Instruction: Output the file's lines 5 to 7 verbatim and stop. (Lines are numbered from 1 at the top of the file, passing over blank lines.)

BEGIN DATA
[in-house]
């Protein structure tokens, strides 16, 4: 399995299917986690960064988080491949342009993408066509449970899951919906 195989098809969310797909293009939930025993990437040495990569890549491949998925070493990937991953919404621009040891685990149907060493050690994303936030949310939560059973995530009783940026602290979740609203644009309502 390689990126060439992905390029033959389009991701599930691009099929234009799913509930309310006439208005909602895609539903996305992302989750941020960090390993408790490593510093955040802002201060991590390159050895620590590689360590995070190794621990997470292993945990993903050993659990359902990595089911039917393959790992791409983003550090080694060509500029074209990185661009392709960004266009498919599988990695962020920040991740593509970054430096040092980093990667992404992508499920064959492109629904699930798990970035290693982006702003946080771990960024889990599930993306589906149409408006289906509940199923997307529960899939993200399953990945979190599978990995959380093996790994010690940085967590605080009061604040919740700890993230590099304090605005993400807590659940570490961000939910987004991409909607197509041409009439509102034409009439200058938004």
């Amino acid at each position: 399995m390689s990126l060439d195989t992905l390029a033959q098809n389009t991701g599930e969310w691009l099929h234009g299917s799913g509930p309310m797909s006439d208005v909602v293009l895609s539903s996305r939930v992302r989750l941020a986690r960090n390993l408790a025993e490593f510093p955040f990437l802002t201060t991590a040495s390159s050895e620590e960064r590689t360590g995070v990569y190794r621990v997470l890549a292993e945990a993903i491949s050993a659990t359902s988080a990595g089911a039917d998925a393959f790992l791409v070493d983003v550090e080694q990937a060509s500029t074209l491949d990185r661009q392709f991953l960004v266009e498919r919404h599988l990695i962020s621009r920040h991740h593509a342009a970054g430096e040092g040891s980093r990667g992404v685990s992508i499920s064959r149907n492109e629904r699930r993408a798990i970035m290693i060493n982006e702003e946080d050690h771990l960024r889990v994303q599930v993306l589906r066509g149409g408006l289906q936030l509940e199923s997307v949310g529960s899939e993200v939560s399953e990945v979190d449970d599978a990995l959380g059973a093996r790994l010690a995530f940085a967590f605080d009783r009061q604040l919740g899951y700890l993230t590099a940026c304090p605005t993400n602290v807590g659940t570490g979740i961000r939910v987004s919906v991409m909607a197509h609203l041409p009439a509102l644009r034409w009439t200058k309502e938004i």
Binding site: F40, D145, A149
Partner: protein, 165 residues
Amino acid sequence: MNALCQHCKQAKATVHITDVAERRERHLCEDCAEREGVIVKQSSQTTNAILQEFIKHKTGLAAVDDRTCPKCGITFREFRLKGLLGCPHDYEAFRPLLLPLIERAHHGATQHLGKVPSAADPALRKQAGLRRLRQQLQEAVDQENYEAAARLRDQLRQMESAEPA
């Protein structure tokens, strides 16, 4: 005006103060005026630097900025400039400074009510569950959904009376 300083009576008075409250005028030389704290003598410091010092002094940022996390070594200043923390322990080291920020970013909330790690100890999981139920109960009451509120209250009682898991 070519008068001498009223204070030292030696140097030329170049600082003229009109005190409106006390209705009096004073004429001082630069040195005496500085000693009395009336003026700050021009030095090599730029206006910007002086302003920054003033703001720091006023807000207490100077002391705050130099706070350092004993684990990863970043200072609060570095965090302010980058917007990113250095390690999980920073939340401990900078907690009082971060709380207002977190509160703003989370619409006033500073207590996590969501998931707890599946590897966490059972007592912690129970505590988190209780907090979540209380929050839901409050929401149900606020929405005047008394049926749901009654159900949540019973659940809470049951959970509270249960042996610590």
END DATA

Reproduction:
Partner: protein, 165 residues
Amino acid sequence: MNALCQHCKQAKATVHITDVAERRERHLCEDCAEREGVIVKQSSQTTNAILQEFIKHKTGLAAVDDRTCPKCGITFREFRLKGLLGCPHDYEAFRPLLLPLIERAHHGATQHLGKVPSAADPALRKQAGLRRLRQQLQEAVDQENYEAAARLRDQLRQMESAEPA
């Protein structure tokens, strides 16, 4: 005006103060005026630097900025400039400074009510569950959904009376 300083009576008075409250005028030389704290003598410091010092002094940022996390070594200043923390322990080291920020970013909330790690100890999981139920109960009451509120209250009682898991 070519008068001498009223204070030292030696140097030329170049600082003229009109005190409106006390209705009096004073004429001082630069040195005496500085000693009395009336003026700050021009030095090599730029206006910007002086302003920054003033703001720091006023807000207490100077002391705050130099706070350092004993684990990863970043200072609060570095965090302010980058917007990113250095390690999980920073939340401990900078907690009082971060709380207002977190509160703003989370619409006033500073207590996590969501998931707890599946590897966490059972007592912690129970505590988190209780907090979540209380929050839901409050929401149900606020929405005047008394049926749901009654159900949540019973659940809470049951959970509270249960042996610590």